BookCon Continues to Dazzle (or Not)

Well, the BookCon controversy continues.

Last month, I wrote about the sudden switch from BEA’s Power Reader Day to BookCon (which didn’t pass the smell test for many, many people who had purchased tickets to Power Reader Day). Since that time, the organizers haven’t done themselves any favors. In addition to an awful lot of guest stars who aren’t writers, take a look at the full roster. Notice anything?

Not a person of color amongst them.

astonishedAnd then there’s the Blockbuster Reads: Meet the Kids Authors That Dazzle panel, consisting of Jeff Kinney, James Patterson, Rick Riordan, and Lemony Snicket. Er, white middle-aged dudes, every single one of them. In a genre dominated primarily by women writers, BookCon sort of had to go out of their way to put together a panel that lacking in diversity. But there’s more! When the BookCon organizers got a little too much heat about it, they asked a black woman to moderate the panel, like that was going to somehow mollify everyone.

As BookRiot recently pointed out, readers deserved more than this kind of crap.

Look, I don’t begrudge the writers who are appearing at BookCon their age or whiteness (because, you know, I’m white and I’m 42) or, in some cases, their maleness. Writing is a tough business, and you have to take opportunities to interact with readers wherever you can. But the BookCon organizers should know better. Particularly in the YA community, people are really interested in diversity. Not just diversity of gender and race and ethnicity, but of religion and physicality and everything else you can think of. The world is a huge place, with a huge range of people. The writing community and the people who read that work are just as diverse. We all want to see ourselves reflected in the pages of a book–whether we are white and atheist or brown and bi-sexual or a million other combinations.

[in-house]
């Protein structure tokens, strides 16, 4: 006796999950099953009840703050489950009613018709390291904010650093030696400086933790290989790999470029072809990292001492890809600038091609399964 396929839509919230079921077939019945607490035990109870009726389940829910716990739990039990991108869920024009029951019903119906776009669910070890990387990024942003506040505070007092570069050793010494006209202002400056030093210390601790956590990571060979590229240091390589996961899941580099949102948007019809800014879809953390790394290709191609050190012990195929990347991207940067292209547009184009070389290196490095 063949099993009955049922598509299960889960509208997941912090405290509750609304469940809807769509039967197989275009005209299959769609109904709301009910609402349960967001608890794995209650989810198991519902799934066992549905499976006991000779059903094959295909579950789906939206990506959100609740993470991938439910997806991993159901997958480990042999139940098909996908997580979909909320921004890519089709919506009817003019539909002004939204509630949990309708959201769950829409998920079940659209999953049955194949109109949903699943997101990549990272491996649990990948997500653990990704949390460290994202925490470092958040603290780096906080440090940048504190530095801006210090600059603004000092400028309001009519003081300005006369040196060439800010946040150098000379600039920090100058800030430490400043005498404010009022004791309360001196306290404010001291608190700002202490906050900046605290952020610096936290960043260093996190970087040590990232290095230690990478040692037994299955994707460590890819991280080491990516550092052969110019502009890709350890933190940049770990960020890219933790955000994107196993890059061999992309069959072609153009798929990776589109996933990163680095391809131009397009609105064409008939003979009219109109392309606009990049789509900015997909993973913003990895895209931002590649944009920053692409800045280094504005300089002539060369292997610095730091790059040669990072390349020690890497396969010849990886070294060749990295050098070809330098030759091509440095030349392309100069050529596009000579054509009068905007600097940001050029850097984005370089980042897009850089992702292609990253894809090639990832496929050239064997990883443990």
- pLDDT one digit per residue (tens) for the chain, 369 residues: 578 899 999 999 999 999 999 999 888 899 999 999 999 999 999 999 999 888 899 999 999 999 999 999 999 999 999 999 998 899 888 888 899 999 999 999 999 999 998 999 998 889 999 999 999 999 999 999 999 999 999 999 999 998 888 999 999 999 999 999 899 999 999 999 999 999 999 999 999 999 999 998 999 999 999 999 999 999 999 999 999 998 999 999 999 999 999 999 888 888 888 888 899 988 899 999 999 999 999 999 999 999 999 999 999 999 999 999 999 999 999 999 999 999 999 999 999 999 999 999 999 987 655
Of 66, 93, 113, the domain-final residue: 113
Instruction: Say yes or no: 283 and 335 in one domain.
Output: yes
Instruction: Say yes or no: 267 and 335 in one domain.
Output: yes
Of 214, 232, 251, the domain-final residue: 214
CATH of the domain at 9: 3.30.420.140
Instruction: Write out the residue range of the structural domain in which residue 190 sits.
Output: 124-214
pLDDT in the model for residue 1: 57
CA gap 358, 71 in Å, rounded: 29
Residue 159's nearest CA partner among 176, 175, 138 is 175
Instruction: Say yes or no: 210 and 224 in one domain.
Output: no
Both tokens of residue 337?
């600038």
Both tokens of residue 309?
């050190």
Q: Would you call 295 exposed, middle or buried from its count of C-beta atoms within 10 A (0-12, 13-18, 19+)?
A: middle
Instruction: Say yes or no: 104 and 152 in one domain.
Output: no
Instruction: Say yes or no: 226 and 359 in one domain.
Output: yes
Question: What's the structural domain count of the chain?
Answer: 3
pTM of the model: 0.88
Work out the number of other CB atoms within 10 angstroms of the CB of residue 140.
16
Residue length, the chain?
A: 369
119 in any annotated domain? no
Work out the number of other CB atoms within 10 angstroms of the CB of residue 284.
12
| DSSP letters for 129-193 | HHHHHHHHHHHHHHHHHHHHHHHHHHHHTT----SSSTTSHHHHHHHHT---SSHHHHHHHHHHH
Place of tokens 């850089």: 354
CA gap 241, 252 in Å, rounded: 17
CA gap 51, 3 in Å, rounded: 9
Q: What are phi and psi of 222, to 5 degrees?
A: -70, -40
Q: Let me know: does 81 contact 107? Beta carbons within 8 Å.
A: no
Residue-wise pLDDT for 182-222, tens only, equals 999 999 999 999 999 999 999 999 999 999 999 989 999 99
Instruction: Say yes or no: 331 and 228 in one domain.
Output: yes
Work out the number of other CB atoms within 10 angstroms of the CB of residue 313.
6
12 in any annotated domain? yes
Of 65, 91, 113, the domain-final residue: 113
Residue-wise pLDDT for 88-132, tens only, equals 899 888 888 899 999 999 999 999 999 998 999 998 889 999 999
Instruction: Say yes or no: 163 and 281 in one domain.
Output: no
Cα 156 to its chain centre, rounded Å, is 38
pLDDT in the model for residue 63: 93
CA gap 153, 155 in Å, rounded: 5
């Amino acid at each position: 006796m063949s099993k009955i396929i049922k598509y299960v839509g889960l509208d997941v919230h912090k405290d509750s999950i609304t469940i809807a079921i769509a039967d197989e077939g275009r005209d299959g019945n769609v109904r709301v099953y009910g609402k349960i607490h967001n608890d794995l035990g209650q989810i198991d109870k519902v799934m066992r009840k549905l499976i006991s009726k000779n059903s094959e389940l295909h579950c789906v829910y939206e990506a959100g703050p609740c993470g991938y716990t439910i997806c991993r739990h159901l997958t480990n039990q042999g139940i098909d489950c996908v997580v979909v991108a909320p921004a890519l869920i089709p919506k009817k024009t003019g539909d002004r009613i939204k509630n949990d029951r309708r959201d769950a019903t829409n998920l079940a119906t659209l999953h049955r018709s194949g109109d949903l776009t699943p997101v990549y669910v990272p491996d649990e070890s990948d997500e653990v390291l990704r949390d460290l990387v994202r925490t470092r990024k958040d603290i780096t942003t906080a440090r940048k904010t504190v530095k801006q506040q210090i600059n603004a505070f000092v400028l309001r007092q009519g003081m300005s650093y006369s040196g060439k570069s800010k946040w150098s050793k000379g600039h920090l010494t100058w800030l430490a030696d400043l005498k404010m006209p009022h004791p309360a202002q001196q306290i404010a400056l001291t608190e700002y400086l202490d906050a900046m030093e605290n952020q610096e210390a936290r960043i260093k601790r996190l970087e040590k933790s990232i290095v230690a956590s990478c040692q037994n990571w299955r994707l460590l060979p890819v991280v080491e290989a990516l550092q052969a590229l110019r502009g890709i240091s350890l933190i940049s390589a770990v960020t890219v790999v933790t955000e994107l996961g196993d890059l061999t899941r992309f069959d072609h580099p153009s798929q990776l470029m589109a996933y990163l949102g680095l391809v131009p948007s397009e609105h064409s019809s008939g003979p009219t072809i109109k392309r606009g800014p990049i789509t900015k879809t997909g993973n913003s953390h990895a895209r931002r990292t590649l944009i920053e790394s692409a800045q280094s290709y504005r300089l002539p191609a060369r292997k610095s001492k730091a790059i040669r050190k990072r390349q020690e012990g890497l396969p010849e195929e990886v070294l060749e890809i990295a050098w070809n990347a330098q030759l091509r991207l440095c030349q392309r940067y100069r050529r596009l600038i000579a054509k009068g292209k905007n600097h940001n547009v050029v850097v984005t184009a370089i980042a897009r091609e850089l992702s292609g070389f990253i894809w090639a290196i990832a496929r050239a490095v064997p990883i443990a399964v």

At the very least, I’m glad to see people talking about diversity and about BookCon’s (and the publishing industry’s) responsibility to ensuring diversity. That all-white guy male canon in the English Department isn’t going to change itself, you know.

I’m still taking a wait-and-see attitude about BookCon and whether they live up to their own hype (specifically, about offering attendees everything BEA offered but more) . . . but I grow less and less optimistic as the end of May approaches.


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